Ferrari Purosangue Gains Attention When Entering London Showroom

£313,000 – that’s what Ferrari charged in the UK for the Purosangue before the option. At the current exchange rate, that would be $385,000 or €363,000. Given its exorbitant price tag, it’s no wonder the driver was extra careful when leading the practical Prancing Horse to the HR Owen Ferrari Mayfair showroom. As he unloaded from the trailer and backed into the building, bystanders photographed the Maranello’s first four-door.

Remember, this is not the typical Ferrari black paint as this is the new Nero Purosangue with a pigment that creates red reflections in certain lighting conditions. The forged wheels are also a bit special with a two-tone look and a diamond-cut finish paired with contrasting yellow brake calipers. The large air intake up front and the four-tail exhaust at the back are reminiscent of the powerhouse hiding under the hood where the V12 calls home.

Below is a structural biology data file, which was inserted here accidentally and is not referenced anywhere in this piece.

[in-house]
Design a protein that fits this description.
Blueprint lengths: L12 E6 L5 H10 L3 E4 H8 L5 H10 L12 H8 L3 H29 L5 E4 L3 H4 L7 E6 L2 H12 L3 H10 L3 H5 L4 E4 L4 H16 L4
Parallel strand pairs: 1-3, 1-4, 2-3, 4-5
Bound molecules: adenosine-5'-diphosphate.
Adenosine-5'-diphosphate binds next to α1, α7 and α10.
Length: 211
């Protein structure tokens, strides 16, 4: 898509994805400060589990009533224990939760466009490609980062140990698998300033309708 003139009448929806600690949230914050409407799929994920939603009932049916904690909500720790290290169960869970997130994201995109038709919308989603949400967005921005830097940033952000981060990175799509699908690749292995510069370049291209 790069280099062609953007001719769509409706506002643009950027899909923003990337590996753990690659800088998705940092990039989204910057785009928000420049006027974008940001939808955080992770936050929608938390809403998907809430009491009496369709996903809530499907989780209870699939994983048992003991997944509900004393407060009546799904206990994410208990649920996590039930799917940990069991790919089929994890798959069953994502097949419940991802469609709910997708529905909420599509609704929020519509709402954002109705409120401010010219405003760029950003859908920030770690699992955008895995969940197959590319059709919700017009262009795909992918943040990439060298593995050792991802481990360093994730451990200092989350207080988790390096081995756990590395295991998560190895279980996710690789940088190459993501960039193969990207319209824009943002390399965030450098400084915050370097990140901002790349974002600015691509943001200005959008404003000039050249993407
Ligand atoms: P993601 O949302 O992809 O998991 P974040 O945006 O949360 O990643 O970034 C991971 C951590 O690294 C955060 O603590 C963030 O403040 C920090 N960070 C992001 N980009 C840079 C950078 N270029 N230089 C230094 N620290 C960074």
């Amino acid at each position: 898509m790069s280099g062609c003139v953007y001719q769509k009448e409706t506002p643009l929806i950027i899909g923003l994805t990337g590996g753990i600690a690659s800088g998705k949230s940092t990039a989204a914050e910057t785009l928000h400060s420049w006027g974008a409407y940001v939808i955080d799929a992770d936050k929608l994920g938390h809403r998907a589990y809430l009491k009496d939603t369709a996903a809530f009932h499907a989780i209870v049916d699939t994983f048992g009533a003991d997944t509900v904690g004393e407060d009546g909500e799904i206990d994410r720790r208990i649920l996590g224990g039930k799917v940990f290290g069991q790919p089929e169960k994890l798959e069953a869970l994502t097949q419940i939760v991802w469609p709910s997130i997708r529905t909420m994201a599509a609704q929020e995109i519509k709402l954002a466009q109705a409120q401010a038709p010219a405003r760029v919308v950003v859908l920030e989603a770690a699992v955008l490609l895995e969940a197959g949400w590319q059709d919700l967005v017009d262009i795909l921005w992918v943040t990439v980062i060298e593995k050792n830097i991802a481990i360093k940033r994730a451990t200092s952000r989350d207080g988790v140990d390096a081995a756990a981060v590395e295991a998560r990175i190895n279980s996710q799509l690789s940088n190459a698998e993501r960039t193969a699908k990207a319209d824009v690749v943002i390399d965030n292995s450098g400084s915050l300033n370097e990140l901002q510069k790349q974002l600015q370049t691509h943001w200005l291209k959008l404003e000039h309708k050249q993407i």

Ferrari insists the Purosangue is not an SUV, and it certainly doesn’t look like your average grocery grabber. Marque Italia says it has engineered “a completely different layout and innovative proportions compared to the modern GT archetypes (so-called crossovers and SUVs).” Even if you are completely against sports cars, there’s no denying that Ferrari’s Thoroughbred elevates the segment.

While there have been four-seater Ferraris in the past, none of them have offered up the comfort of the Purosangue. Opening the rear hinged doors gives access to individual seats that look just as sporty as the front seats, offering good lateral support. Typically, the front passenger has a separate screen embedded in the dashboard measuring 10.2 inches.

With 715 hp and 716 Nm (528 lb-ft) of torque, the Purosangue will be a worthy contender for the Lamborghini Urus Performante and Aston Martin DBX707. Better live up to the hype considering that both fast SUVs are roughly 30 percent more affordable than the Ferrari.

Purosangue will have relatively limited availability as the house of Maranello has promised to limit production to just 20 percent of the company’s total annual production.

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